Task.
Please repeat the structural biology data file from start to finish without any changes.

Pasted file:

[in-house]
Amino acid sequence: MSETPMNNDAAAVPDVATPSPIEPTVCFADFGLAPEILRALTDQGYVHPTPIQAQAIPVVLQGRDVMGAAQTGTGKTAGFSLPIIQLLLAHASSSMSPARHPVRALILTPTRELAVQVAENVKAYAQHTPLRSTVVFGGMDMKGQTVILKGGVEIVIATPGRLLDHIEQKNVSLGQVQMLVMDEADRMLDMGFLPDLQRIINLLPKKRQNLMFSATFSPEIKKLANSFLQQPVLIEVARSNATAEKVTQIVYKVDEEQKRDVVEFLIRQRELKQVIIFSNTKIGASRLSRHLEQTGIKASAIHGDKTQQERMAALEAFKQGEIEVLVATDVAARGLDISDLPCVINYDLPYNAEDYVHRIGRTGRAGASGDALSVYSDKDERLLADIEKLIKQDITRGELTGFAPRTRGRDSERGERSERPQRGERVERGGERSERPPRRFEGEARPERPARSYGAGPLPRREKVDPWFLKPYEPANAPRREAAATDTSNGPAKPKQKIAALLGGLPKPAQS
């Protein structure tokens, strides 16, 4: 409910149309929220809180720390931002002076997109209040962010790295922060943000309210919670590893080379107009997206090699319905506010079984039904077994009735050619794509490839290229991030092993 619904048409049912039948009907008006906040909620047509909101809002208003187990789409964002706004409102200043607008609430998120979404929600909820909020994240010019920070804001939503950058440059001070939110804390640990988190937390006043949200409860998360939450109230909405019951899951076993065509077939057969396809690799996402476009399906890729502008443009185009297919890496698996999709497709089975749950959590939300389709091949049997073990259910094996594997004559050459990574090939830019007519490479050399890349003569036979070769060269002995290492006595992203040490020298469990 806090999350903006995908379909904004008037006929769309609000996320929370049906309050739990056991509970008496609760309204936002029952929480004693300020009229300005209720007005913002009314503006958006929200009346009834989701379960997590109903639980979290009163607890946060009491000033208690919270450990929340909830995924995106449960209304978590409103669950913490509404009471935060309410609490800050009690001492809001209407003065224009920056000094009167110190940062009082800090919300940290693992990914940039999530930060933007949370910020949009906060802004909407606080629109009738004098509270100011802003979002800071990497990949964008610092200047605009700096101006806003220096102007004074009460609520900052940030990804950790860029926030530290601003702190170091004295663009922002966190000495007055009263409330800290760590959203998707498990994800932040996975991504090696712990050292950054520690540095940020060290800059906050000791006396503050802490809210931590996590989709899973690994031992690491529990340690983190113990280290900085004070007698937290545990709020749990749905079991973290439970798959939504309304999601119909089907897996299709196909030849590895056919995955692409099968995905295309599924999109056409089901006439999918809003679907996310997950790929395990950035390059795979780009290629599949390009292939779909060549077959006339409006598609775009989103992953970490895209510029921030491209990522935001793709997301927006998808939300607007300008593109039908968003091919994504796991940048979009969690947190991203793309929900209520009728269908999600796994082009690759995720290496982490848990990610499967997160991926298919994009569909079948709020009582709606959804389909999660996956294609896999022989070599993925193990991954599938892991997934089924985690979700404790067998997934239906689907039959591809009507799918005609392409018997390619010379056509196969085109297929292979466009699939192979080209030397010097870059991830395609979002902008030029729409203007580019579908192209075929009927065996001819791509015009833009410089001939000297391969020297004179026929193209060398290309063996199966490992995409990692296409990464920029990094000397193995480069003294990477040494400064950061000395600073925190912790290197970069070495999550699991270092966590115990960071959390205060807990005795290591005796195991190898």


[in-house]
Amino acid sequence: MSETPMNNDAAAVPDVATPSPIEPTVCFADFGLAPEILRALTDQGYVHPTPIQAQAIPVVLQGRDVMGAAQTGTGKTAGFSLPIIQLLLAHASSSMSPARHPVRALILTPTRELAVQVAENVKAYAQHTPLRSTVVFGGMDMKGQTVILKGGVEIVIATPGRLLDHIEQKNVSLGQVQMLVMDEADRMLDMGFLPDLQRIINLLPKKRQNLMFSATFSPEIKKLANSFLQQPVLIEVARSNATAEKVTQIVYKVDEEQKRDVVEFLIRQRELKQVIIFSNTKIGASRLSRHLEQTGIKASAIHGDKTQQERMAALEAFKQGEIEVLVATDVAARGLDISDLPCVINYDLPYNAEDYVHRIGRTGRAGASGDALSVYSDKDERLLADIEKLIKQDITRGELTGFAPRTRGRDSERGERSERPQRGERVERGGERSERPPRRFEGEARPERPARSYGAGPLPRREKVDPWFLKPYEPANAPRREAAATDTSNGPAKPKQKIAALLGGLPKPAQS
């Protein structure tokens, strides 16, 4: 409910149309929220809180720390931002002076997109209040962010790295922060943000309210919670590893080379107009997206090699319905506010079984039904077994009735050619794509490839290229991030092993 619904048409049912039948009907008006906040909620047509909101809002208003187990789409964002706004409102200043607008609430998120979404929600909820909020994240010019920070804001939503950058440059001070939110804390640990988190937390006043949200409860998360939450109230909405019951899951076993065509077939057969396809690799996402476009399906890729502008443009185009297919890496698996999709497709089975749950959590939300389709091949049997073990259910094996594997004559050459990574090939830019007519490479050399890349003569036979070769060269002995290492006595992203040490020298469990 806090999350903006995908379909904004008037006929769309609000996320929370049906309050739990056991509970008496609760309204936002029952929480004693300020009229300005209720007005913002009314503006958006929200009346009834989701379960997590109903639980979290009163607890946060009491000033208690919270450990929340909830995924995106449960209304978590409103669950913490509404009471935060309410609490800050009690001492809001209407003065224009920056000094009167110190940062009082800090919300940290693992990914940039999530930060933007949370910020949009906060802004909407606080629109009738004098509270100011802003979002800071990497990949964008610092200047605009700096101006806003220096102007004074009460609520900052940030990804950790860029926030530290601003702190170091004295663009922002966190000495007055009263409330800290760590959203998707498990994800932040996975991504090696712990050292950054520690540095940020060290800059906050000791006396503050802490809210931590996590989709899973690994031992690491529990340690983190113990280290900085004070007698937290545990709020749990749905079991973290439970798959939504309304999601119909089907897996299709196909030849590895056919995955692409099968995905295309599924999109056409089901006439999918809003679907996310997950790929395990950035390059795979780009290629599949390009292939779909060549077959006339409006598609775009989103992953970490895209510029921030491209990522935001793709997301927006998808939300607007300008593109039908968003091919994504796991940048979009969690947190991203793309929900209520009728269908999600796994082009690759995720290496982490848990990610499967997160991926298919994009569909079948709020009582709606959804389909999660996956294609896999022989070599993925193990991954599938892991997934089924985690979700404790067998997934239906689907039959591809009507799918005609392409018997390619010379056509196969085109297929292979466009699939192979080209030397010097870059991830395609979002902008030029729409203007580019579908192209075929009927065996001819791509015009833009410089001939000297391969020297004179026929193209060398290309063996199966490992995409990692296409990464920029990094000397193995480069003294990477040494400064950061000395600073925190912790290197970069070495999550699991270092966590115990960071959390205060807990005795290591005796195991190898």